Daniel Larison's critique of my post makes even less sense to me.
McArdle uses an unusually bad example to back up an unfortunate position. Of course, it is true when you opt to bomb civilian centers, especially in an indiscriminate, fire-bombing way, that you have at that time chosen to commit war crimes, and it is also true that people who have reconciled themselves to the mass slaughter of civilians have chosen to justify pretty much anything in the name of fighting the enemy. It does not follow that because you have gone to war against another state that you have therefore necessarily embarked on a course that requires you to engage in those war crimes. The choice to commit those crimes comes later, and that choice becomes inevitable only if those crimes are absolutely necessary to achieve victory. In fact, such crimes tend to stand out for just how utterly unnecessary and excessive they are. If you accept the inhuman calculations of total war and unconditional surrender, you might say that war crimes are inevitable, but if you really accept the logic of total war you don’t believe that there is anything done in war that violates morality or law, because total war is the practical negation of both. The category “war crime” presupposes a distinction between combatants and non-combatants that total war effaces, so one either repudiates total war as immoral and an invitation to the commission of war crimes as a matter of policy, which it is, or one should cease to speak of war crimes.
Even so, the example is almost uniquely bad to make McArdle’s case. Dresden was not an effort to try to “save Allied soldiers,” the dubious justification that is also usually given for the vaporisation and incineration of hundreds of thousands of Japanese, but was very definitely and consciously an exercise in inflicting terror on the civilian population and was purely a punitive raid conducted under the catch-all of “strategic bombing.” No strategic goals were advanced in burning the people of Dresden alive (not that this would have made it less of a war crime had some such goal been advanced in some way), and we should never pretend that Dresden was anything other than a bombing carried out to satisfy a vendetta in the most horrifying way imaginable.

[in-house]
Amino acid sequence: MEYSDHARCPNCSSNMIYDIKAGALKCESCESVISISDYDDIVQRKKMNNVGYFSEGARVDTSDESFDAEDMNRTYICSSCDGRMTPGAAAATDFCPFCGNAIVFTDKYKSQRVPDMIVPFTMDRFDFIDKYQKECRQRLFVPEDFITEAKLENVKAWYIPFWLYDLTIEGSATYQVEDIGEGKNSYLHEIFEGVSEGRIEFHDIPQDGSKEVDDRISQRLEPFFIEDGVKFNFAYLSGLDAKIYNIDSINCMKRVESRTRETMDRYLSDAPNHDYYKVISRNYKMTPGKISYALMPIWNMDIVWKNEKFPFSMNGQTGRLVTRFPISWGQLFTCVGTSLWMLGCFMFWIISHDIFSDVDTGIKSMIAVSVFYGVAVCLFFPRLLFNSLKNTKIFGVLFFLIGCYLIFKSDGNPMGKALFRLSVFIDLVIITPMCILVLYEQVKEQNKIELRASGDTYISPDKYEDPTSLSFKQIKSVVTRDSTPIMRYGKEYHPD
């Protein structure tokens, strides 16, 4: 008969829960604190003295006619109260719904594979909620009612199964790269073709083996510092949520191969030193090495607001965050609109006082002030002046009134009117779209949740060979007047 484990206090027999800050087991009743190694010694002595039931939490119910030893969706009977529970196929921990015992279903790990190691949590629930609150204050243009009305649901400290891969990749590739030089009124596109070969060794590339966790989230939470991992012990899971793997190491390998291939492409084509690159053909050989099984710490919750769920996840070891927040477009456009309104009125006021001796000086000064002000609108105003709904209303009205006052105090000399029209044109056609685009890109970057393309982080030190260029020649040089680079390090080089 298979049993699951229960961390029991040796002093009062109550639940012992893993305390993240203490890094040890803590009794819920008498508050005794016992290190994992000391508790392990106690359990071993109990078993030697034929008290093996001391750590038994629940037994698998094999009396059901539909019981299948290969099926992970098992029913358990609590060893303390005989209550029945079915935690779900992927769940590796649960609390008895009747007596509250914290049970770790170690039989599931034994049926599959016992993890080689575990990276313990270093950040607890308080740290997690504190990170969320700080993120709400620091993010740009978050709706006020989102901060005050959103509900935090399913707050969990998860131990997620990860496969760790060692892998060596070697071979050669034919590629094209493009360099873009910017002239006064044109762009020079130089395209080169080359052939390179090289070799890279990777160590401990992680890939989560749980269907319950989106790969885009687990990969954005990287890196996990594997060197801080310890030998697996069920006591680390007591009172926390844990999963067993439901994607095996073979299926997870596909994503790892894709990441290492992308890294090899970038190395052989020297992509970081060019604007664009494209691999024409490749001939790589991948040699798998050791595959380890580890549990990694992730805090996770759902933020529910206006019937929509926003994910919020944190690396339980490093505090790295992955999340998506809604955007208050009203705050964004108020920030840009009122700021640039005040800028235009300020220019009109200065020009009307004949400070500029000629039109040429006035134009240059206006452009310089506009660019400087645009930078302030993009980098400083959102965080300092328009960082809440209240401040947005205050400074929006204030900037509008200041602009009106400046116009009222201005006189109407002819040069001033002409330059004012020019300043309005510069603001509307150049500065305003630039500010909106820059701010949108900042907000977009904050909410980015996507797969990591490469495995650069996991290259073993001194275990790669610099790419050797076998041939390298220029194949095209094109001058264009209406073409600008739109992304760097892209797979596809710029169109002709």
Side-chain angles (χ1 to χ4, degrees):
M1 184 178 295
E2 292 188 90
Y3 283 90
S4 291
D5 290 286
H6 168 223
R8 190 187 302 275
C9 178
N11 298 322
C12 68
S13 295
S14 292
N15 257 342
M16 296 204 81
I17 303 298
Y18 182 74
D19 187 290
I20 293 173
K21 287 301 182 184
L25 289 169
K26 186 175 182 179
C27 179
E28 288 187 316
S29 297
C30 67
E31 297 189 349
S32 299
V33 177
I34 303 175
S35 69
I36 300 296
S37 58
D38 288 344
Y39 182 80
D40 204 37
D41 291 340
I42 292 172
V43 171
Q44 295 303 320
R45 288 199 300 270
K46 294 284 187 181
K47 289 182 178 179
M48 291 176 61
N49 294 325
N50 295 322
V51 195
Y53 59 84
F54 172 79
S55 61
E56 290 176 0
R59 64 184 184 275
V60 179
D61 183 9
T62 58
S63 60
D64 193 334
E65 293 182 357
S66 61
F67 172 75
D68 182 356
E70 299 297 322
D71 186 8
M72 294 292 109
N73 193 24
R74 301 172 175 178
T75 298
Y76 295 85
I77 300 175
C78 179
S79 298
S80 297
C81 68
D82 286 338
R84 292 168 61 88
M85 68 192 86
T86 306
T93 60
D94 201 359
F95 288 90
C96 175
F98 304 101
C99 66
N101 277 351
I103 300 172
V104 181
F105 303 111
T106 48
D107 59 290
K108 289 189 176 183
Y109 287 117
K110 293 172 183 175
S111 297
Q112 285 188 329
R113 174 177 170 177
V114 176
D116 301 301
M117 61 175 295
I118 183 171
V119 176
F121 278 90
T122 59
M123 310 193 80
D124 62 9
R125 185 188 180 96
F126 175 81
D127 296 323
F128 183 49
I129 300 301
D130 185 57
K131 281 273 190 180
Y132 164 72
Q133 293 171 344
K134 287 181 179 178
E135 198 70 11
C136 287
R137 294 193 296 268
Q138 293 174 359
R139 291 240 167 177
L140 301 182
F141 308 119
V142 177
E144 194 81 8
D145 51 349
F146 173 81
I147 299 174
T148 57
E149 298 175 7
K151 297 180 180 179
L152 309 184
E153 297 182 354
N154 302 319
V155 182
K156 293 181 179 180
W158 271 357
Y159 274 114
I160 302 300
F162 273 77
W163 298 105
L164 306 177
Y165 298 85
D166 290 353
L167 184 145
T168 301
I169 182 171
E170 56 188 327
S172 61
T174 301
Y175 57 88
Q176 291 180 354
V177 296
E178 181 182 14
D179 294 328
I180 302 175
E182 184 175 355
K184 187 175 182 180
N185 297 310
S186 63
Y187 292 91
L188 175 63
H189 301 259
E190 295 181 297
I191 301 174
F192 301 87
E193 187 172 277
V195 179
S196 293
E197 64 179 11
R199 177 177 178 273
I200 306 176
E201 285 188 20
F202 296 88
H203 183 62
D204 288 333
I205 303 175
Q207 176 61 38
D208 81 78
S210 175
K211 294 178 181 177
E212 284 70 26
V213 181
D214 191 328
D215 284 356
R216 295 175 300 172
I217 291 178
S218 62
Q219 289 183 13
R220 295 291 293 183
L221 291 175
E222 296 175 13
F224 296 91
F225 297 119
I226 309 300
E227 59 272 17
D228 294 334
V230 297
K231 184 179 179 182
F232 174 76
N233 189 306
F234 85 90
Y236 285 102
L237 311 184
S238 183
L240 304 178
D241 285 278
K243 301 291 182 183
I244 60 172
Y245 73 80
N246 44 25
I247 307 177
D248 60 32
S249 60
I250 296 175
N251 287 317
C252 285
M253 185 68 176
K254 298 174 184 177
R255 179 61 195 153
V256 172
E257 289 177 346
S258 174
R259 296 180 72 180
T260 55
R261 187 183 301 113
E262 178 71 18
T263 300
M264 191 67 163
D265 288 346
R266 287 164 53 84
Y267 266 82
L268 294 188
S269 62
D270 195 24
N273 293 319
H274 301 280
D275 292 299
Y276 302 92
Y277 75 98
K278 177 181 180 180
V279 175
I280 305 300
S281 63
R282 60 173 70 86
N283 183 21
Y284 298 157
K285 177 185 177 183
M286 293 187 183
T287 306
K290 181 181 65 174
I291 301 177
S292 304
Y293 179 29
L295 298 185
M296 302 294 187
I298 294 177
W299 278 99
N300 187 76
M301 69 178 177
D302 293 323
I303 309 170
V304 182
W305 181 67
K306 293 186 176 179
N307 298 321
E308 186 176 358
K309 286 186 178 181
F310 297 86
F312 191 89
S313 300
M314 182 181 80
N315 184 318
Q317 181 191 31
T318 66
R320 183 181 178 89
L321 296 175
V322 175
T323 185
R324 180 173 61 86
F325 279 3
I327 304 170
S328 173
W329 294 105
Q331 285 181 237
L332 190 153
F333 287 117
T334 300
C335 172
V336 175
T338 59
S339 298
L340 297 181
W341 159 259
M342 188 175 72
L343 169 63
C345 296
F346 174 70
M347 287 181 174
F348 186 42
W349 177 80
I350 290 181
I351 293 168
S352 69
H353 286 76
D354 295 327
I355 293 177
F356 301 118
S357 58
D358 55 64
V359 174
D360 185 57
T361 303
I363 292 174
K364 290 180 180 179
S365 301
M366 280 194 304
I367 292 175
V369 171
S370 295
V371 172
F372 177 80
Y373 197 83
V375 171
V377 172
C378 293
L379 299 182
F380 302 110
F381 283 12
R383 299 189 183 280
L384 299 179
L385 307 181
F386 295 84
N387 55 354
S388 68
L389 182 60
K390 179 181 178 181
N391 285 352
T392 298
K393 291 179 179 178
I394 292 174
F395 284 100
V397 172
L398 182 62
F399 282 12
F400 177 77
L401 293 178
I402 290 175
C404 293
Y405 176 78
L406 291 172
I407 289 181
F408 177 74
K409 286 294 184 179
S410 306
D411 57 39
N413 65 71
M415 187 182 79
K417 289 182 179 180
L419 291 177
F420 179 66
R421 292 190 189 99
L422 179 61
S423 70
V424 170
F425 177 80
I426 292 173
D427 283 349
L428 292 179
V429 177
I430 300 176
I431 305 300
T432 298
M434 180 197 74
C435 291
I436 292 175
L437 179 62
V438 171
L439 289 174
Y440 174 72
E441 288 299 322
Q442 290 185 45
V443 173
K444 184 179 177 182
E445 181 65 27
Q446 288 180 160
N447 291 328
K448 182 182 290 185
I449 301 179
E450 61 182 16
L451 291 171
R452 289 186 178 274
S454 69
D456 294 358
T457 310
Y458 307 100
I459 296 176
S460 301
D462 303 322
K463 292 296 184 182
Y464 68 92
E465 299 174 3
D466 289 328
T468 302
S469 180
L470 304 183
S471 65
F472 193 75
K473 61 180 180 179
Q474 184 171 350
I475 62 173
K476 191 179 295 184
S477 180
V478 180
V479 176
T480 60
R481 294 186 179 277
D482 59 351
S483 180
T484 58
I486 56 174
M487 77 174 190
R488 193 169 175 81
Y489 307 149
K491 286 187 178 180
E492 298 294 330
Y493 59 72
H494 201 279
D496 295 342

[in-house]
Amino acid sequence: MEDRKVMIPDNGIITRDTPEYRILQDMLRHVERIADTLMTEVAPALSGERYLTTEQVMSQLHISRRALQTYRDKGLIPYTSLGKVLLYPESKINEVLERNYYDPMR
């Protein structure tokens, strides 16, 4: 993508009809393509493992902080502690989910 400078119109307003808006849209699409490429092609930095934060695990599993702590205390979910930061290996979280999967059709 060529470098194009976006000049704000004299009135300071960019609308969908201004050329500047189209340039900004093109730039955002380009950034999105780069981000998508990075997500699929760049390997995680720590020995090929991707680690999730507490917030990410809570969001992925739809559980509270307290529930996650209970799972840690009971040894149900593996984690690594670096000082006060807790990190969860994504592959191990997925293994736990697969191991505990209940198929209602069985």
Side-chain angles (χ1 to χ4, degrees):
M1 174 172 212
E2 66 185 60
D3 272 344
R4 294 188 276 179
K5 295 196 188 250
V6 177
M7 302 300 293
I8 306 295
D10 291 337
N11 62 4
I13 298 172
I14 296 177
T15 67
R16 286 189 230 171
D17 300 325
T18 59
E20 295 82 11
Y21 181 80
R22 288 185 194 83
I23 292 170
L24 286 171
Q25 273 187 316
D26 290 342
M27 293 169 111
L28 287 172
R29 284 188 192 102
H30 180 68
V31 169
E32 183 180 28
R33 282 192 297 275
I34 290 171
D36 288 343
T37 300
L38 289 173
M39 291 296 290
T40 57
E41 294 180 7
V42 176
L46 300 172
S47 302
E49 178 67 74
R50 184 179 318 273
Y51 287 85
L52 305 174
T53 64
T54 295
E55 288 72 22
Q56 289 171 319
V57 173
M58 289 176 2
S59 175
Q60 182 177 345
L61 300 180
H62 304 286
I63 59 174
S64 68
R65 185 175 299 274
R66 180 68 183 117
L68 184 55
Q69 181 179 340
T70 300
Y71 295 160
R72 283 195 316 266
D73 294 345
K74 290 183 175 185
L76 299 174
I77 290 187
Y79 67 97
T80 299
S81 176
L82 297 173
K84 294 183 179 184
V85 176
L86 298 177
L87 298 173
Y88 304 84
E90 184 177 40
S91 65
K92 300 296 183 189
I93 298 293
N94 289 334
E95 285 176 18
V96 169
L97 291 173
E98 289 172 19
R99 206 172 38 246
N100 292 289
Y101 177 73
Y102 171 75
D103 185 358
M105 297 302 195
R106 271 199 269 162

I am not arguing that what the Bush administration did was inevitable, only that at the point when you decide to commit atrocities, the nation is almost never thinking of how the war started, but of the suffering that has come since. We did not firebomb Germany because "they started it"; we firebombed them because they'd killed a lot of people since then.
As for the second half, while I agree with Mr Larison that a lot of the motivation behind Dresden was sheer revenge, my understanding is that in fact it was argued for on the basis of the idea that terrorizing the civilian population would help shorten the war. I'm pretty skeptical of the notion that it actually did so, and at any rate I don't think saving the lives of some of your soldiers is a terribly good reason to set fire to tens of thousands of women, children, and old men. But the war had gotten the high command, and much of the population of Britain, to the point where they cared so little about German civilian lives that this made moral sense to them. They could have chosen differently, and I wish they had. But I don't think that the character of the war's beginning--which, let's not forget, revolved around the invasion of a country that very few Britons cared about--had much to do with that decision.